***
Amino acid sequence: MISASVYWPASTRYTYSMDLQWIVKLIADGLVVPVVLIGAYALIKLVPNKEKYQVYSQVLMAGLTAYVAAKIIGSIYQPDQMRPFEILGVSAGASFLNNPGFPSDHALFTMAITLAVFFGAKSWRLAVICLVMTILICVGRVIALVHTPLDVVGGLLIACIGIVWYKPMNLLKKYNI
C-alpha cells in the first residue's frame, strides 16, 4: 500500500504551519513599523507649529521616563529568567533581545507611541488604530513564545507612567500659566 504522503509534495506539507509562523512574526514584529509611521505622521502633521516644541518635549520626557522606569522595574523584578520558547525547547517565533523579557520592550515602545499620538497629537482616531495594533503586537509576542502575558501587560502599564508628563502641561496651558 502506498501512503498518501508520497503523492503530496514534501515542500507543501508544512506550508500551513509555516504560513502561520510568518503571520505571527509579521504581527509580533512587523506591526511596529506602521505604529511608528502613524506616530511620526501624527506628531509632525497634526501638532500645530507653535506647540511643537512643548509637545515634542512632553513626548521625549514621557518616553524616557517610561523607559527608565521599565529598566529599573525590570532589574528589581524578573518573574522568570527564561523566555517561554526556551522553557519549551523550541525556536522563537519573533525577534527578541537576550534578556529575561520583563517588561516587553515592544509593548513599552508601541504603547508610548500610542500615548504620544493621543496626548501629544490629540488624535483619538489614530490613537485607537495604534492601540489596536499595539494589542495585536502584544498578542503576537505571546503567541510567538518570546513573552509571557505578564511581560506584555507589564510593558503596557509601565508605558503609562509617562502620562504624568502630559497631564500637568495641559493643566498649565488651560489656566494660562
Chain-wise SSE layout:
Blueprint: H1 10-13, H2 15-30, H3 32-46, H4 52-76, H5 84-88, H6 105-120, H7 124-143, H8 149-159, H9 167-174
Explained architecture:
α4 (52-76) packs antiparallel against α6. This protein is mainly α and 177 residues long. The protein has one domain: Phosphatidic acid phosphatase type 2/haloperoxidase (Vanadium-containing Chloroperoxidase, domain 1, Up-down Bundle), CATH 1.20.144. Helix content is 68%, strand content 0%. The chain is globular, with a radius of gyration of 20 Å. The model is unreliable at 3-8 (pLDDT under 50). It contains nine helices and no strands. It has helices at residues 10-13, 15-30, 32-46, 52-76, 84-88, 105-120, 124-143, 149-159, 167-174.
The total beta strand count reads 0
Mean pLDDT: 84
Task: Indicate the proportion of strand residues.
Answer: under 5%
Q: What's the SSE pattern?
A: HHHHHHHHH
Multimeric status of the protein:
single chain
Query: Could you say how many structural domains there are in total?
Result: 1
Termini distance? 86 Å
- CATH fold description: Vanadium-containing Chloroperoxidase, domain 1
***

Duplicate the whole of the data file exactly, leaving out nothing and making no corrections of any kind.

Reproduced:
Amino acid sequence: MISASVYWPASTRYTYSMDLQWIVKLIADGLVVPVVLIGAYALIKLVPNKEKYQVYSQVLMAGLTAYVAAKIIGSIYQPDQMRPFEILGVSAGASFLNNPGFPSDHALFTMAITLAVFFGAKSWRLAVICLVMTILICVGRVIALVHTPLDVVGGLLIACIGIVWYKPMNLLKKYNI
C-alpha cells in the first residue's frame, strides 16, 4: 500500500504551519513599523507649529521616563529568567533581545507611541488604530513564545507612567500659566 504522503509534495506539507509562523512574526514584529509611521505622521502633521516644541518635549520626557522606569522595574523584578520558547525547547517565533523579557520592550515602545499620538497629537482616531495594533503586537509576542502575558501587560502599564508628563502641561496651558 502506498501512503498518501508520497503523492503530496514534501515542500507543501508544512506550508500551513509555516504560513502561520510568518503571520505571527509579521504581527509580533512587523506591526511596529506602521505604529511608528502613524506616530511620526501624527506628531509632525497634526501638532500645530507653535506647540511643537512643548509637545515634542512632553513626548521625549514621557518616553524616557517610561523607559527608565521599565529598566529599573525590570532589574528589581524578573518573574522568570527564561523566555517561554526556551522553557519549551523550541525556536522563537519573533525577534527578541537576550534578556529575561520583563517588561516587553515592544509593548513599552508601541504603547508610548500610542500615548504620544493621543496626548501629544490629540488624535483619538489614530490613537485607537495604534492601540489596536499595539494589542495585536502584544498578542503576537505571546503567541510567538518570546513573552509571557505578564511581560506584555507589564510593558503596557509601565508605558503609562509617562502620562504624568502630559497631564500637568495641559493643566498649565488651560489656566494660562
Chain-wise SSE layout:
Blueprint: H1 10-13, H2 15-30, H3 32-46, H4 52-76, H5 84-88, H6 105-120, H7 124-143, H8 149-159, H9 167-174
Explained architecture:
α4 (52-76) packs antiparallel against α6. This protein is mainly α and 177 residues long. The protein has one domain: Phosphatidic acid phosphatase type 2/haloperoxidase (Vanadium-containing Chloroperoxidase, domain 1, Up-down Bundle), CATH 1.20.144. Helix content is 68%, strand content 0%. The chain is globular, with a radius of gyration of 20 Å. The model is unreliable at 3-8 (pLDDT under 50). It contains nine helices and no strands. It has helices at residues 10-13, 15-30, 32-46, 52-76, 84-88, 105-120, 124-143, 149-159, 167-174.
The total beta strand count reads 0
Mean pLDDT: 84
Task: Indicate the proportion of strand residues.
Answer: under 5%
Q: What's the SSE pattern?
A: HHHHHHHHH
Multimeric status of the protein:
single chain
Query: Could you say how many structural domains there are in total?
Result: 1
Termini distance? 86 Å
- CATH fold description: Vanadium-containing Chloroperoxidase, domain 1